After you’ve read those posts, tell yourself you aren’t going to go down that path. Tell yourself that you will love your beautiful child until your last day on earth. Tell yourself that you will love your surviving children, your family, and yourself. Don’t die with your child. Don’t allow your living children to lose more than they already have.

Things will get better. They won’t get better by themselves, though. You have to want it. It takes work to not just give up on life. I know, in your early days you can’t see it yet. That’s OK. Just let yourself be raw. Take these next 10 weeks you have while pregnant to be your most raw self. I spent 3 months researching how to turn back time. I really did that. And I don’t regret it. It was a path I needed to take. I was sure someone could right this terrible wrong. What happened shouldn’t have happened, and someone needed to fix it. I finally realized that I needed to fix my heart. If I didn’t, I would die, too.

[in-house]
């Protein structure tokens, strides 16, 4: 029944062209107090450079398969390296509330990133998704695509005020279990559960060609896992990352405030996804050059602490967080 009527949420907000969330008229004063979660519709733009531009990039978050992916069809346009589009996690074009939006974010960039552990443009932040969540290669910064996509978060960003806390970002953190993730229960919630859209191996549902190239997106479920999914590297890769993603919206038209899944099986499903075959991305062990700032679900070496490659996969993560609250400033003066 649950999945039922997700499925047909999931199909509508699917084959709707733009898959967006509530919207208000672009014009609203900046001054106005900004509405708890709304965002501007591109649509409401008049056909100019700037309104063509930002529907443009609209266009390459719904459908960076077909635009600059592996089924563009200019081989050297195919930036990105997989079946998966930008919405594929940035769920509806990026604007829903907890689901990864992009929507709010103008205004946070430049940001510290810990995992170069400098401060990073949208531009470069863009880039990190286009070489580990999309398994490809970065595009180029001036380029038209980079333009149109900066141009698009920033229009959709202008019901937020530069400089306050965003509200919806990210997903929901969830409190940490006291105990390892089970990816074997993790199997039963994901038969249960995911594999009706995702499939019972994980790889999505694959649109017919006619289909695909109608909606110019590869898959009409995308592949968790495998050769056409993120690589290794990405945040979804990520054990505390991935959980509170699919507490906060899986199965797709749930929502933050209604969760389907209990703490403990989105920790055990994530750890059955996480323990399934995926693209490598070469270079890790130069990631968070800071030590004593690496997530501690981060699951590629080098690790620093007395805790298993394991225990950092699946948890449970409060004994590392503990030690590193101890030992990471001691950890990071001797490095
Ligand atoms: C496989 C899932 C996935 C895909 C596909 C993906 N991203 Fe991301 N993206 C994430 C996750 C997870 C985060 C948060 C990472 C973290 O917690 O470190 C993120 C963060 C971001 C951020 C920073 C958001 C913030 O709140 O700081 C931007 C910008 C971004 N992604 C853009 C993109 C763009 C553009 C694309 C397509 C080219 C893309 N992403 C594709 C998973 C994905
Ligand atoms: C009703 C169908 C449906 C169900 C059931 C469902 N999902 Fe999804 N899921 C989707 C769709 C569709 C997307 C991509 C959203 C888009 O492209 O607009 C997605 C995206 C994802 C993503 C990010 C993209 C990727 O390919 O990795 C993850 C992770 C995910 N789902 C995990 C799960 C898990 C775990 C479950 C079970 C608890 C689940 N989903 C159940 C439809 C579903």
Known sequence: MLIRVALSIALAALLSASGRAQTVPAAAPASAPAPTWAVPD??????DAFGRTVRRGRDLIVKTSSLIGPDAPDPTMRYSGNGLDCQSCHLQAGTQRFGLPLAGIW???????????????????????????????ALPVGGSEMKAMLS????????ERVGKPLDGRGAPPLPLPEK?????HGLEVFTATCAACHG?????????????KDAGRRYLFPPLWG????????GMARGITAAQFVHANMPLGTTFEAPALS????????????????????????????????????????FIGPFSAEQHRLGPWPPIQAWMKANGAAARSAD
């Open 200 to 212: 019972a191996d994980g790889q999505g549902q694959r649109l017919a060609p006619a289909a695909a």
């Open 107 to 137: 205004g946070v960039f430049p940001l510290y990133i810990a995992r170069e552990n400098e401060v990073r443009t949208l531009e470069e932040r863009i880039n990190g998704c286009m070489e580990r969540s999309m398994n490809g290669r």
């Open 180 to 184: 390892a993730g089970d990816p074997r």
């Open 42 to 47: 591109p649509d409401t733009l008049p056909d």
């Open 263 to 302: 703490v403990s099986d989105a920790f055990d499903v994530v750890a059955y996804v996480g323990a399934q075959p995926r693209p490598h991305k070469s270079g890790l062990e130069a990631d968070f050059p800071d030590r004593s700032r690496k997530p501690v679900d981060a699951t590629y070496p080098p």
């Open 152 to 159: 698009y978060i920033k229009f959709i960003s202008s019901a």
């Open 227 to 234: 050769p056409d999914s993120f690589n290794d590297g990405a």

I am still fixing my heart. I know this is going to sound treacherous, but I’m only 2 years in. 2 years in this business is not long at all. You grieve for the rest of your life. But the grief changes over time. I shudder to think of being 2 months in. I am so much better now than I was back then. I still have my dips and valleys. I’m nowhere near where I want to be. But I have hope. That hope drives me forward. I know what I’m writing might sound depressing. The thing I can’t convey on paper are the joys that I’ve experienced since my son died. The beautiful moments with my children, the myriad of times where I have felt pure joy, have laughed my ass off and have been 100% sure that my entire family can get through this journey with flying colors. That success is there, and I’ve seen it in other people who have lost children just like we have.